MAY GARDEN INSPIRATIONS
australian tree fern, strawberry, cabbage and cauliflower from Debra's garden
I would like to thank Debra Carter, a full-time artist and gardener, from the opposite shores of California, for her beautiful photography (seen above and throughout this blog) of her vegetable gardens. She has enlightened me with her incredible knowledge and beautifully designed gardens.
IN THE AREA GARDEN TOURS
If you missed this great article in this past Sunday's New York Times, Unlatching the Garden Gates - check this out for schedules of a fabulous collaboration of gardeners in the New York, New Jersey and Connecticut area
Into-the-Woods Effect in a Well-Tended Plot
By PAT WIEDENKELLER Maxine Hicks for The New York Times
A BIT OF PARADISE Sue Bottigheimer in the rambling garden at her home in Stony Brook.
A compact lot wound with honeysuckle and mountain laurel poses as a lush rambling retreat. It is one of many private properties that will be available to visit as part of the nonprofit Garden Conservancy’s Open Days.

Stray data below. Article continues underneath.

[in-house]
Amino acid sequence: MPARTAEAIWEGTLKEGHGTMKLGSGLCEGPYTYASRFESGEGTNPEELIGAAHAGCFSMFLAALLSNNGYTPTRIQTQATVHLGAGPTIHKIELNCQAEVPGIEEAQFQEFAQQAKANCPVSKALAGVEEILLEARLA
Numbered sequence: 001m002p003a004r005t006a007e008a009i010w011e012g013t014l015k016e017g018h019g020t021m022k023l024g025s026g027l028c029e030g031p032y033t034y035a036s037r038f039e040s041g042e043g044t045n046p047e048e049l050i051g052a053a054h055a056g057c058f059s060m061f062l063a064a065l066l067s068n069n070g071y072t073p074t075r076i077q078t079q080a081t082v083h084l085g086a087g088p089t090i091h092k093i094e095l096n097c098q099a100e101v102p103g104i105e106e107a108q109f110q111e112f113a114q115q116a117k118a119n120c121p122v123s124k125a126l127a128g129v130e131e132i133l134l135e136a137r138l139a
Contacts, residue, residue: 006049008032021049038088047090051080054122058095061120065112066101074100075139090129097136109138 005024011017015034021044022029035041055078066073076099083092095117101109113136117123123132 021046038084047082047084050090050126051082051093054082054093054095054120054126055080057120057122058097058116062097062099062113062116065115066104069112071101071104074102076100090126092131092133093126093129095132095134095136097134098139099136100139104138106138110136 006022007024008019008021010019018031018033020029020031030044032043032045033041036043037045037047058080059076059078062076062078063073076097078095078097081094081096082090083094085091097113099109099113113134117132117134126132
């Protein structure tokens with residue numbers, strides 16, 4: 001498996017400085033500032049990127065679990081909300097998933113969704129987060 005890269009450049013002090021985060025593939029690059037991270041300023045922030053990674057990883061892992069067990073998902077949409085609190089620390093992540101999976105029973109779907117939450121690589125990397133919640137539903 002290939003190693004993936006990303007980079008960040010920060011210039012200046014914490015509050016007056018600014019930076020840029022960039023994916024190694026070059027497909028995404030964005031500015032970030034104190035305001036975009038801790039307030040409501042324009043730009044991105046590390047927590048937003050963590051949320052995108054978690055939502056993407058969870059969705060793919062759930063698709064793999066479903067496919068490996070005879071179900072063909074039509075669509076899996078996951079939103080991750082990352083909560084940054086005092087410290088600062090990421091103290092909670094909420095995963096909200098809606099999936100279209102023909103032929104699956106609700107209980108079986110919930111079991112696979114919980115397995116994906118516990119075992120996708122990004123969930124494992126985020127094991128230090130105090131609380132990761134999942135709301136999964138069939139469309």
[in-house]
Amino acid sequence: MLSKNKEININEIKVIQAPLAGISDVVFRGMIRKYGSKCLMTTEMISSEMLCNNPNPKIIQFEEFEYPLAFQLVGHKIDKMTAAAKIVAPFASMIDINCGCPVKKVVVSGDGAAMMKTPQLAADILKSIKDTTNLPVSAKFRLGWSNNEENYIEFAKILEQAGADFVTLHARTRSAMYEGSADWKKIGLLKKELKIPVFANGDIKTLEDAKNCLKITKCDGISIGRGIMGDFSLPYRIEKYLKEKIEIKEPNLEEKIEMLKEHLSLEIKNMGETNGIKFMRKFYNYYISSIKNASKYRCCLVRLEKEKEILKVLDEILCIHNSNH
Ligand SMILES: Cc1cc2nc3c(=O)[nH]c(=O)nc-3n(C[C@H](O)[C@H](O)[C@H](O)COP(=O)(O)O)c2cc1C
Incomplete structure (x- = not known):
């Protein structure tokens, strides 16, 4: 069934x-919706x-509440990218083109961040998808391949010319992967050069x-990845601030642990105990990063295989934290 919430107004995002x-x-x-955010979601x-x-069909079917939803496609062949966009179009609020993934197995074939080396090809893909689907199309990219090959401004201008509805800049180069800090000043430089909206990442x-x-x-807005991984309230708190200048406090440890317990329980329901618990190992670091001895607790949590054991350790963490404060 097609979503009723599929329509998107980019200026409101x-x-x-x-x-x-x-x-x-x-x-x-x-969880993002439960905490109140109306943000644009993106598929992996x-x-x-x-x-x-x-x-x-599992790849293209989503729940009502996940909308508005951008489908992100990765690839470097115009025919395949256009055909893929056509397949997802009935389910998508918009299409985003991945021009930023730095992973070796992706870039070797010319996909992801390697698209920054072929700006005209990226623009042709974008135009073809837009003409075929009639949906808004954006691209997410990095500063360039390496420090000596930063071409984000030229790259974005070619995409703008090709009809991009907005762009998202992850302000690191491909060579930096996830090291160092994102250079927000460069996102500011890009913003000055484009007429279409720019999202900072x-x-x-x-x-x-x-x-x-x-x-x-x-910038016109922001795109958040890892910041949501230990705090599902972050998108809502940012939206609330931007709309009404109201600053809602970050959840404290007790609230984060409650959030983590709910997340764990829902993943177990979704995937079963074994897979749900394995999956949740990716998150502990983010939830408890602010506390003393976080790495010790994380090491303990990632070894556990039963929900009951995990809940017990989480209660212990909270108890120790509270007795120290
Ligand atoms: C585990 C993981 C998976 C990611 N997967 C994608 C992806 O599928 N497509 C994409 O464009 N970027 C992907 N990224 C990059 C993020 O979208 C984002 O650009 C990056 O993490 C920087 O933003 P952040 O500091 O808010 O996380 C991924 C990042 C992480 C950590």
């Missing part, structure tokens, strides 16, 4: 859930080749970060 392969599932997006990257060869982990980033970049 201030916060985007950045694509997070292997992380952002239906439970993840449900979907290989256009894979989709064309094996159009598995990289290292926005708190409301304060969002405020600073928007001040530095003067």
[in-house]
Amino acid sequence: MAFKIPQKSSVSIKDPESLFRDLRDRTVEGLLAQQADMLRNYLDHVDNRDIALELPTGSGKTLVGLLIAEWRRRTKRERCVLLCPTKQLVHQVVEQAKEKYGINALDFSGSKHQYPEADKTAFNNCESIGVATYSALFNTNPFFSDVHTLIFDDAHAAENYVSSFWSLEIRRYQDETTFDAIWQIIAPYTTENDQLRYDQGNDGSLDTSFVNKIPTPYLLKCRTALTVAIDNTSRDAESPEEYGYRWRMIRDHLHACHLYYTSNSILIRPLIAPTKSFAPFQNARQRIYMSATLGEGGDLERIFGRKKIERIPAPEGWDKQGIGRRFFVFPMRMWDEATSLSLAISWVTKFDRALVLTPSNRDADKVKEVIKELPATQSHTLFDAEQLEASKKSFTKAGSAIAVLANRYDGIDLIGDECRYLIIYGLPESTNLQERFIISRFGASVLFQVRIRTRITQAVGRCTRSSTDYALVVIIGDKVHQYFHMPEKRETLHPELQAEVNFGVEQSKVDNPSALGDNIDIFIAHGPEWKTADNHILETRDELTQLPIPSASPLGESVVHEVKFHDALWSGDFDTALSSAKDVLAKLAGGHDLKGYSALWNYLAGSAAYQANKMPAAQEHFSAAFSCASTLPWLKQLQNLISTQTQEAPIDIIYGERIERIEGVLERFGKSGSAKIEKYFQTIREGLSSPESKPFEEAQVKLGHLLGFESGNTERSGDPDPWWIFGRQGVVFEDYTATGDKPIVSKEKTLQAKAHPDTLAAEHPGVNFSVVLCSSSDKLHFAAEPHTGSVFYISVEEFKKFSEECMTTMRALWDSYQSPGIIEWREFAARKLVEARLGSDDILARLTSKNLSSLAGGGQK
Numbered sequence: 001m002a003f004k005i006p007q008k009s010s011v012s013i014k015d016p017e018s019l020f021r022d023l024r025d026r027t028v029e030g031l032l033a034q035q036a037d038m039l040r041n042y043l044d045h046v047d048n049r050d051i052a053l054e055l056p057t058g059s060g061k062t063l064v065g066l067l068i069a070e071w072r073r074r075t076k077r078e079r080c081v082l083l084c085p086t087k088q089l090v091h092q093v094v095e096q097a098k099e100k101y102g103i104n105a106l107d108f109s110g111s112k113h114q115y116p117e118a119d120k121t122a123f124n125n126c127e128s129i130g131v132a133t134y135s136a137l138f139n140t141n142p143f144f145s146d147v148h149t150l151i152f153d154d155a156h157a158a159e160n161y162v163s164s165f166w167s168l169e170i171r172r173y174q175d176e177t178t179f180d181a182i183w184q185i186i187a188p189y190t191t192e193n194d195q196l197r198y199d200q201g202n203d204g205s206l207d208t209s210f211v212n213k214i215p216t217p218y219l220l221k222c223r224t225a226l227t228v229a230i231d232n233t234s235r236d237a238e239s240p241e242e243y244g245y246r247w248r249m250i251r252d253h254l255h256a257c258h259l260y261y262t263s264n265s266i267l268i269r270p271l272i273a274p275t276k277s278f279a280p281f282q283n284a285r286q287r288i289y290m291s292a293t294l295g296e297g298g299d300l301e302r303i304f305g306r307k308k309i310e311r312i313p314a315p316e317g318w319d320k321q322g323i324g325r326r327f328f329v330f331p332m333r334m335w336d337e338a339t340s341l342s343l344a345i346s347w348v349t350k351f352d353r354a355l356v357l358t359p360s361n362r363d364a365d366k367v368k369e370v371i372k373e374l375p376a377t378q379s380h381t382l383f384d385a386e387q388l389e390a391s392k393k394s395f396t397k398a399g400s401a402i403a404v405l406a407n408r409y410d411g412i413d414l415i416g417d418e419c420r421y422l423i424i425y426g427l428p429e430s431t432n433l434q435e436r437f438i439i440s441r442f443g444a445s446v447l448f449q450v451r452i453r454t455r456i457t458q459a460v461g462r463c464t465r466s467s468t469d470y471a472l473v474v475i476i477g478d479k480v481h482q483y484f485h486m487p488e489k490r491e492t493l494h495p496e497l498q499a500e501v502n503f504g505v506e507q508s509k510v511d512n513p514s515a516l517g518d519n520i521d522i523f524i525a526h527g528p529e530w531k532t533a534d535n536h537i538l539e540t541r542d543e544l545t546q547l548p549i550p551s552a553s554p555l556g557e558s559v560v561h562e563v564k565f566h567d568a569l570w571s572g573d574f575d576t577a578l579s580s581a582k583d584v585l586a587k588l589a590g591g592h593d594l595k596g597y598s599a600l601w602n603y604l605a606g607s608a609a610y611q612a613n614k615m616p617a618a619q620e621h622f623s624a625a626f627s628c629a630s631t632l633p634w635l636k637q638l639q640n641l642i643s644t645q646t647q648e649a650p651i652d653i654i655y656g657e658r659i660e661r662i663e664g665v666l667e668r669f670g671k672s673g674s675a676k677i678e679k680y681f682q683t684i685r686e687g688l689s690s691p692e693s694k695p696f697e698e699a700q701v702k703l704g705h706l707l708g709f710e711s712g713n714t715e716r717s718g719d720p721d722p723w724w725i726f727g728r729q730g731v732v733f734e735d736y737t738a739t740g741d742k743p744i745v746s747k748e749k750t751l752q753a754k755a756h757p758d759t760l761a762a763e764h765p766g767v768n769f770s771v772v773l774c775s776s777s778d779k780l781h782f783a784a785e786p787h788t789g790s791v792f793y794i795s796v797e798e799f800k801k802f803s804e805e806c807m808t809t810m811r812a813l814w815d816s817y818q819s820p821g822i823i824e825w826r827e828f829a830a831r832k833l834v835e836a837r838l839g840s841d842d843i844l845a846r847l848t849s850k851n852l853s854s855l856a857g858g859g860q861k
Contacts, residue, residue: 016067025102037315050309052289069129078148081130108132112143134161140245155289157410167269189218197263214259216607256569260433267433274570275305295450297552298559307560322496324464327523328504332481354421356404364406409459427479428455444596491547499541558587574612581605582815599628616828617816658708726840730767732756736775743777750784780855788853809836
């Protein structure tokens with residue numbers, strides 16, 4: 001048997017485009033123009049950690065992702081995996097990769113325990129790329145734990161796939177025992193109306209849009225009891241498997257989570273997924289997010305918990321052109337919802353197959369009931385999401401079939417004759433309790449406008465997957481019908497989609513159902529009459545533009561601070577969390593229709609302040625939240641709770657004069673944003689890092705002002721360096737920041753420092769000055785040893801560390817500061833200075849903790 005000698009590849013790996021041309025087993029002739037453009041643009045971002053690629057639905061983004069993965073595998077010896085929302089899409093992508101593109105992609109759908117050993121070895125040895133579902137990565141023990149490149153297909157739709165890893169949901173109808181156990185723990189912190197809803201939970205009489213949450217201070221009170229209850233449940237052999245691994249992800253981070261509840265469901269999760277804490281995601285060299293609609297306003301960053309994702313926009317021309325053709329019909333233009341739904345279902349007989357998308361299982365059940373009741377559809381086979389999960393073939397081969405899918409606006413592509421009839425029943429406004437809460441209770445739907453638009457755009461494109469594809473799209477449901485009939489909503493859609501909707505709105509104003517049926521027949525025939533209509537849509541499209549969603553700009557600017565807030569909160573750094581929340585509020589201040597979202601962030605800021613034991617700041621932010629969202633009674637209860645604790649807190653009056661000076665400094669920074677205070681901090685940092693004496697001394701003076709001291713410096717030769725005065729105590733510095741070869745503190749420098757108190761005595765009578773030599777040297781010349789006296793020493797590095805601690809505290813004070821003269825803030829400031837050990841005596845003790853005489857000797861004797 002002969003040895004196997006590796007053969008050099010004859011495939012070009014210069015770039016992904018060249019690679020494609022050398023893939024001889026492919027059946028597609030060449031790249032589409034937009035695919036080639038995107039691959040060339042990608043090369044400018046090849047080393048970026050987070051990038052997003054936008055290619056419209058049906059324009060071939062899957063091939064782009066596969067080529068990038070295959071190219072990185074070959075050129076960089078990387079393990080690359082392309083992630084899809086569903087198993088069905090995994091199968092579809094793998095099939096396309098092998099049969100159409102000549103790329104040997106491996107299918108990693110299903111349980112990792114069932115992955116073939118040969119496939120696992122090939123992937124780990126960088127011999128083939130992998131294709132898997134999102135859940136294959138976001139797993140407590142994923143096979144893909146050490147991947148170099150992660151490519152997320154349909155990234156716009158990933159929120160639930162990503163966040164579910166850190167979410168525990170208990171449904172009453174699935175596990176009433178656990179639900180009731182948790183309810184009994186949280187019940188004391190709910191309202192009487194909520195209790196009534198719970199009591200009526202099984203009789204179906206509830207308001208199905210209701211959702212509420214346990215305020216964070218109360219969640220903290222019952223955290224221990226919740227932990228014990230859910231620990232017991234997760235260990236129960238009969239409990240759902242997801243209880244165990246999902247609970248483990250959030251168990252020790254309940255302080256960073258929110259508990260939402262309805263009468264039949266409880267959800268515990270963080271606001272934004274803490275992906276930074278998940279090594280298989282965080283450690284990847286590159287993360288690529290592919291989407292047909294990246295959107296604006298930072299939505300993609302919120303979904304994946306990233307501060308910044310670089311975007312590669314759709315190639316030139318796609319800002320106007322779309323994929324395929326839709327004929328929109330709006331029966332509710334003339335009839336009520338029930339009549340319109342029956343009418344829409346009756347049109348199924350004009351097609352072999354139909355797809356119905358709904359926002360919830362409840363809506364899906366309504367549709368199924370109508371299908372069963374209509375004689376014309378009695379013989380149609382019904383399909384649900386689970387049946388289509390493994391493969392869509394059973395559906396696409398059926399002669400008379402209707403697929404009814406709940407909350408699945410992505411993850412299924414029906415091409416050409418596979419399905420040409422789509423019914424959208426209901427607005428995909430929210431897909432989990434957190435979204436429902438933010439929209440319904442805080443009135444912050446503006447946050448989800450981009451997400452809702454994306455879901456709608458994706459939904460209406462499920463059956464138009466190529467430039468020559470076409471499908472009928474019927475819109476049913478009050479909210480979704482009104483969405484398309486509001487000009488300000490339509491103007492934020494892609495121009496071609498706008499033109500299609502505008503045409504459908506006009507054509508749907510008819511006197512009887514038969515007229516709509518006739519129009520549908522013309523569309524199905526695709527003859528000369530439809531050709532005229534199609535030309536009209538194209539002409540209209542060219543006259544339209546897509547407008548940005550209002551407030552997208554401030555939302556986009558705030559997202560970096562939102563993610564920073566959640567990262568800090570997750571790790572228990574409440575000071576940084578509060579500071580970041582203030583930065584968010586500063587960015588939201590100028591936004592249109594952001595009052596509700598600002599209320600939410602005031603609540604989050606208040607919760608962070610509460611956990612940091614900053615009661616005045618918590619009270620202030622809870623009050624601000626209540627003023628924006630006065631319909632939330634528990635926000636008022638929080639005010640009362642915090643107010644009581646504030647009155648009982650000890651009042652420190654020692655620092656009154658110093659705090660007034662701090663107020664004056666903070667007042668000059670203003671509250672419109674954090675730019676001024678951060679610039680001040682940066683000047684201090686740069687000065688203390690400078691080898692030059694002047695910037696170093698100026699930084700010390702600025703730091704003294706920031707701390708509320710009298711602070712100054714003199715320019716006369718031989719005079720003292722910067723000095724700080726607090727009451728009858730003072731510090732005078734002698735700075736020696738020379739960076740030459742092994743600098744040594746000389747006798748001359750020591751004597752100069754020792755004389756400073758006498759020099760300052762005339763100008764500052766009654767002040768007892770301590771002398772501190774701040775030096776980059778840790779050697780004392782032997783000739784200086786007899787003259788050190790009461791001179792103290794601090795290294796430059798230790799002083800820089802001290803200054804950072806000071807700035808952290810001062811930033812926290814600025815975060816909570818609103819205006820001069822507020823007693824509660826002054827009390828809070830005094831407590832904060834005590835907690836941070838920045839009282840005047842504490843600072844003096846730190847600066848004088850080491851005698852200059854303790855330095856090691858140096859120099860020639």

Garden Tours Throughout the New York Region Slide Show
GREY GARDENS
East Hampton, New York
Many of you may have watched Grey Gardens last Sunday night on HBO, which the newest version of this story, that originally started as a documentary filmed by Albert Maysles and his brother over 34 years ago. The documentary followed a reclusive woman and her mother. It is a sad look at how these women had fallen from their prosperous beginnings, and along with their demise, the once beautiful property they lived in East Hampton, Long Island became broken down as well. The story became a legend, with an almost cult-like following, and a broadway show followed, and now, an HBO show as well. In 1979, Benjamin C. Bradlee and Sally Quinn bought the historic property and recently refurbished the grounds to their splendor. Of course the most recent made-for-tv version is well cast and intriquing, but I have two thoughts on the story-how about we leave the ghosts of these poor women alone to their broken dreams, and thank goodness the gardens are back in good shape.
Grey Gardens today!
An inspirational California girl and her garden dreams -

taking the vegetable garden to her children's school